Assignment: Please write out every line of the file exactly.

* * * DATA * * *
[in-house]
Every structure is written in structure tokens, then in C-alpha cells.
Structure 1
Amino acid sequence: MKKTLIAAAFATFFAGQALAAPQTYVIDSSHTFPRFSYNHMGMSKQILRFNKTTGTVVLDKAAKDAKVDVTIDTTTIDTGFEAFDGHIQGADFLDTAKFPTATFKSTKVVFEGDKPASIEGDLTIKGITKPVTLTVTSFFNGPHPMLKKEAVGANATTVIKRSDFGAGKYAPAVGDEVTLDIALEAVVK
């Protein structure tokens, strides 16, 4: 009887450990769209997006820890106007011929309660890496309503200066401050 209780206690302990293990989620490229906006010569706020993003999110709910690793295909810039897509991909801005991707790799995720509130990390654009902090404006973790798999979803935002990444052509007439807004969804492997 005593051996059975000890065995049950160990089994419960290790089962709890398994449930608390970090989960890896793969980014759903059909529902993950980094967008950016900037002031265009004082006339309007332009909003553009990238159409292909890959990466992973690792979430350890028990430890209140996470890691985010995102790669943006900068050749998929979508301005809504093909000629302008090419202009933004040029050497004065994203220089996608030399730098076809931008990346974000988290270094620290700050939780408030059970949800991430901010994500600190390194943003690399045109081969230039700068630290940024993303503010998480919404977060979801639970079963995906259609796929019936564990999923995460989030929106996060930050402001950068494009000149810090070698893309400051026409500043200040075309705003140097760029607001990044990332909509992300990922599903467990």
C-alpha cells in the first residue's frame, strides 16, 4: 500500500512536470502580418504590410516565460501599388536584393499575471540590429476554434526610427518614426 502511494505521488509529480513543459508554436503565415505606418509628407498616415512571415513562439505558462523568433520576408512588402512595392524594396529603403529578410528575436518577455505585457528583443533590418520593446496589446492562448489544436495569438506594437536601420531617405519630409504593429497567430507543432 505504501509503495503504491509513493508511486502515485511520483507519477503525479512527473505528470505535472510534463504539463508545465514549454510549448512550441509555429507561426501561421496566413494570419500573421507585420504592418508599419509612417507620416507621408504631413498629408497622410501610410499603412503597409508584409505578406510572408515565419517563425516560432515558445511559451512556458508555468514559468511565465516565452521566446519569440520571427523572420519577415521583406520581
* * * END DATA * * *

[in-house]
Every structure is written in structure tokens, then in C-alpha cells.
Structure 1
Amino acid sequence: MKKTLIAAAFATFFAGQALAAPQTYVIDSSHTFPRFSYNHMGMSKQILRFNKTTGTVVLDKAAKDAKVDVTIDTTTIDTGFEAFDGHIQGADFLDTAKFPTATFKSTKVVFEGDKPASIEGDLTIKGITKPVTLTVTSFFNGPHPMLKKEAVGANATTVIKRSDFGAGKYAPAVGDEVTLDIALEAVVK
């Protein structure tokens, strides 16, 4: 009887450990769209997006820890106007011929309660890496309503200066401050 209780206690302990293990989620490229906006010569706020993003999110709910690793295909810039897509991909801005991707790799995720509130990390654009902090404006973790798999979803935002990444052509007439807004969804492997 005593051996059975000890065995049950160990089994419960290790089962709890398994449930608390970090989960890896793969980014759903059909529902993950980094967008950016900037002031265009004082006339309007332009909003553009990238159409292909890959990466992973690792979430350890028990430890209140996470890691985010995102790669943006900068050749998929979508301005809504093909000629302008090419202009933004040029050497004065994203220089996608030399730098076809931008990346974000988290270094620290700050939780408030059970949800991430901010994500600190390194943003690399045109081969230039700068630290940024993303503010998480919404977060979801639970079963995906259609796929019936564990999923995460989030929106996060930050402001950068494009000149810090070698893309400051026409500043200040075309705003140097760029607001990044990332909509992300990922599903467990």
C-alpha cells in the first residue's frame, strides 16, 4: 500500500512536470502580418504590410516565460501599388536584393499575471540590429476554434526610427518614426 502511494505521488509529480513543459508554436503565415505606418509628407498616415512571415513562439505558462523568433520576408512588402512595392524594396529603403529578410528575436518577455505585457528583443533590418520593446496589446492562448489544436495569438506594437536601420531617405519630409504593429497567430507543432 505504501509503495503504491509513493508511486502515485511520483507519477503525479512527473505528470505535472510534463504539463508545465514549454510549448512550441509555429507561426501561421496566413494570419500573421507585420504592418508599419509612417507620416507621408504631413498629408497622410501610410499603412503597409508584409505578406510572408515565419517563425516560432515558445511559451512556458508555468514559468511565465516565452521566446519569440520571427523572420519577415521583406520581